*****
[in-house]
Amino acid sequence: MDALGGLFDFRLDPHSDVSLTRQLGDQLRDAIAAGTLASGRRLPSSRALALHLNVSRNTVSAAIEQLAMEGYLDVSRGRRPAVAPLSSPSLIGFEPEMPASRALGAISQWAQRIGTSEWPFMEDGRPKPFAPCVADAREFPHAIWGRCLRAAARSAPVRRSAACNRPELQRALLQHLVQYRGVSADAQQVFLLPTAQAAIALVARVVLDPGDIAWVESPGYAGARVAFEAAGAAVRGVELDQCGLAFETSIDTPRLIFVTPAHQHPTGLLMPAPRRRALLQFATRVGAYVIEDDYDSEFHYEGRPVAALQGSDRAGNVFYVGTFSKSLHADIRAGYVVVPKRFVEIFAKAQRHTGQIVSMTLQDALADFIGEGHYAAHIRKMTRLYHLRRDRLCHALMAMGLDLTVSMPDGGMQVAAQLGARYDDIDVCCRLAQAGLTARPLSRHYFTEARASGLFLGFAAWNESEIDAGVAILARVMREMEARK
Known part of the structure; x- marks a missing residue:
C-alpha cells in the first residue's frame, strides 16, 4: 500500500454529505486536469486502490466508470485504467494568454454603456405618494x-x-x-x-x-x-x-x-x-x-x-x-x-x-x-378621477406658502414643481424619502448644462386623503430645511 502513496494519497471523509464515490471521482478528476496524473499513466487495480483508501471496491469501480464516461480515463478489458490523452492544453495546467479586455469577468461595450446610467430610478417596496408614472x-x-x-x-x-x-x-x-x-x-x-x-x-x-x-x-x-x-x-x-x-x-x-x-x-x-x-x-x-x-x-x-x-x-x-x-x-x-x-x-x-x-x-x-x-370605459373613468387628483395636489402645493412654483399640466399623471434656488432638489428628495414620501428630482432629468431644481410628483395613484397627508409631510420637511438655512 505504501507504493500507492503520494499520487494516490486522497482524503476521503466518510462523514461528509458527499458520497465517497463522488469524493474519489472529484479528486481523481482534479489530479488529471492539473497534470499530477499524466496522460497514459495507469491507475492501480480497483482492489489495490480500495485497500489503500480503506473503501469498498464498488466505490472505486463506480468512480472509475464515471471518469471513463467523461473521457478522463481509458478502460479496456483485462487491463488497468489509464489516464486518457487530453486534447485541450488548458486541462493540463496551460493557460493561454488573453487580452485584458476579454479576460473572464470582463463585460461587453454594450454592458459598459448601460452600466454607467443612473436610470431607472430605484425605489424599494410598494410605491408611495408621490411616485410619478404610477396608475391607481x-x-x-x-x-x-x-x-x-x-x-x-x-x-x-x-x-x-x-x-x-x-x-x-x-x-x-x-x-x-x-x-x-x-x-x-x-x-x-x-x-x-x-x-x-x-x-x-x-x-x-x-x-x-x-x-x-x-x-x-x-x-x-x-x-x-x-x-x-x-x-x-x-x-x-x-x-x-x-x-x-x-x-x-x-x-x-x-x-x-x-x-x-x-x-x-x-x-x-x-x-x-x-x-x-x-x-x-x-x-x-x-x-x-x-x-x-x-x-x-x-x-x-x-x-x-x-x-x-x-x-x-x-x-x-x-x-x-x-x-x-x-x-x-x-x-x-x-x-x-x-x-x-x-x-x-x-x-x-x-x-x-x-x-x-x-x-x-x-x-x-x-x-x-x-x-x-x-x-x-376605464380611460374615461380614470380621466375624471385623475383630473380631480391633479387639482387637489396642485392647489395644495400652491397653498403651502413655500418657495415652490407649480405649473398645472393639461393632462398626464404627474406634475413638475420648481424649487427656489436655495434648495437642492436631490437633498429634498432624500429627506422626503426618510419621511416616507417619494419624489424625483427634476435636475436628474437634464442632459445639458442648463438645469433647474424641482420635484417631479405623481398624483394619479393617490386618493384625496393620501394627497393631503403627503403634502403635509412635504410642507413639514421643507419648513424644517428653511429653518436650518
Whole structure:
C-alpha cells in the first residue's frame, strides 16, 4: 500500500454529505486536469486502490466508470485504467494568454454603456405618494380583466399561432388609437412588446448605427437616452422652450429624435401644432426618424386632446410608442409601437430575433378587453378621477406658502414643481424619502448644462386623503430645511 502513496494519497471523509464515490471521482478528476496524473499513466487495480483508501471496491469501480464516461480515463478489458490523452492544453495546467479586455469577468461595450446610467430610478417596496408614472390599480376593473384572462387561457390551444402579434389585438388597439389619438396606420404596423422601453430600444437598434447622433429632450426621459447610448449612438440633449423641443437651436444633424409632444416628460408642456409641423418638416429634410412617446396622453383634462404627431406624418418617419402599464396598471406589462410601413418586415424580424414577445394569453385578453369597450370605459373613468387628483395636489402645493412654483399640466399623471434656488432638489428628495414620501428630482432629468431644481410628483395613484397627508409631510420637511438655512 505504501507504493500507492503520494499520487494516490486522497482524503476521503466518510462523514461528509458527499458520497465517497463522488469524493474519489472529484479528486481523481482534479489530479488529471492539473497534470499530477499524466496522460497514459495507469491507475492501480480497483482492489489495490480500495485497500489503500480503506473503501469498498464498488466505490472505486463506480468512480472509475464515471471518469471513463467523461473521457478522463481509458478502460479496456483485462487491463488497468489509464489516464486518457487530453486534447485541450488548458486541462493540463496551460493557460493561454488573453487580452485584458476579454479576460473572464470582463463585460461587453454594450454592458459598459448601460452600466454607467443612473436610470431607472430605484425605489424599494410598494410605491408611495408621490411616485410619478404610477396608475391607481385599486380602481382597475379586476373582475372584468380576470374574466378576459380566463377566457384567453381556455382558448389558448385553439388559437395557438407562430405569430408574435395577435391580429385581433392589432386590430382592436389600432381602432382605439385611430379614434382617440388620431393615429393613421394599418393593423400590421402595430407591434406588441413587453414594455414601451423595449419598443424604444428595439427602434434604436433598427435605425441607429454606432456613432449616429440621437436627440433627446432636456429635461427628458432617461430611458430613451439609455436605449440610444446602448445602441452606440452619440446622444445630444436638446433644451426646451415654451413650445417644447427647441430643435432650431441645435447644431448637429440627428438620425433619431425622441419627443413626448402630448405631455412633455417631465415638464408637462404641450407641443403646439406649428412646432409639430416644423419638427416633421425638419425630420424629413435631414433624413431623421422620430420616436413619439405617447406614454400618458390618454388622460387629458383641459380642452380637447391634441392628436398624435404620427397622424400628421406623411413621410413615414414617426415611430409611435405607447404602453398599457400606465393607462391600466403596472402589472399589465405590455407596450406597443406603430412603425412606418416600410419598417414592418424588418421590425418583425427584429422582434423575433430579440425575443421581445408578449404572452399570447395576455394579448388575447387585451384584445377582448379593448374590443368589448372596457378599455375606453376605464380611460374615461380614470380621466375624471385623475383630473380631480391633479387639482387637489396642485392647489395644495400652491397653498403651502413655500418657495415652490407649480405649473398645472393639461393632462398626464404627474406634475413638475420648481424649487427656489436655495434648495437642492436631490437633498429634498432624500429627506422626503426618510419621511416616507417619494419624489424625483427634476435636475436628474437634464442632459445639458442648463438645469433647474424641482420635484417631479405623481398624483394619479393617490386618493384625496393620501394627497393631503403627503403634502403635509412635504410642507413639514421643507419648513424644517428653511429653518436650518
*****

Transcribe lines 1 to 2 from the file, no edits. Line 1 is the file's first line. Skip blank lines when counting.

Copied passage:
[in-house]
Amino acid sequence: MDALGGLFDFRLDPHSDVSLTRQLGDQLRDAIAAGTLASGRRLPSSRALALHLNVSRNTVSAAIEQLAMEGYLDVSRGRRPAVAPLSSPSLIGFEPEMPASRALGAISQWAQRIGTSEWPFMEDGRPKPFAPCVADAREFPHAIWGRCLRAAARSAPVRRSAACNRPELQRALLQHLVQYRGVSADAQQVFLLPTAQAAIALVARVVLDPGDIAWVESPGYAGARVAFEAAGAAVRGVELDQCGLAFETSIDTPRLIFVTPAHQHPTGLLMPAPRRRALLQFATRVGAYVIEDDYDSEFHYEGRPVAALQGSDRAGNVFYVGTFSKSLHADIRAGYVVVPKRFVEIFAKAQRHTGQIVSMTLQDALADFIGEGHYAAHIRKMTRLYHLRRDRLCHALMAMGLDLTVSMPDGGMQVAAQLGARYDDIDVCCRLAQAGLTARPLSRHYFTEARASGLFLGFAAWNESEIDAGVAILARVMREMEARK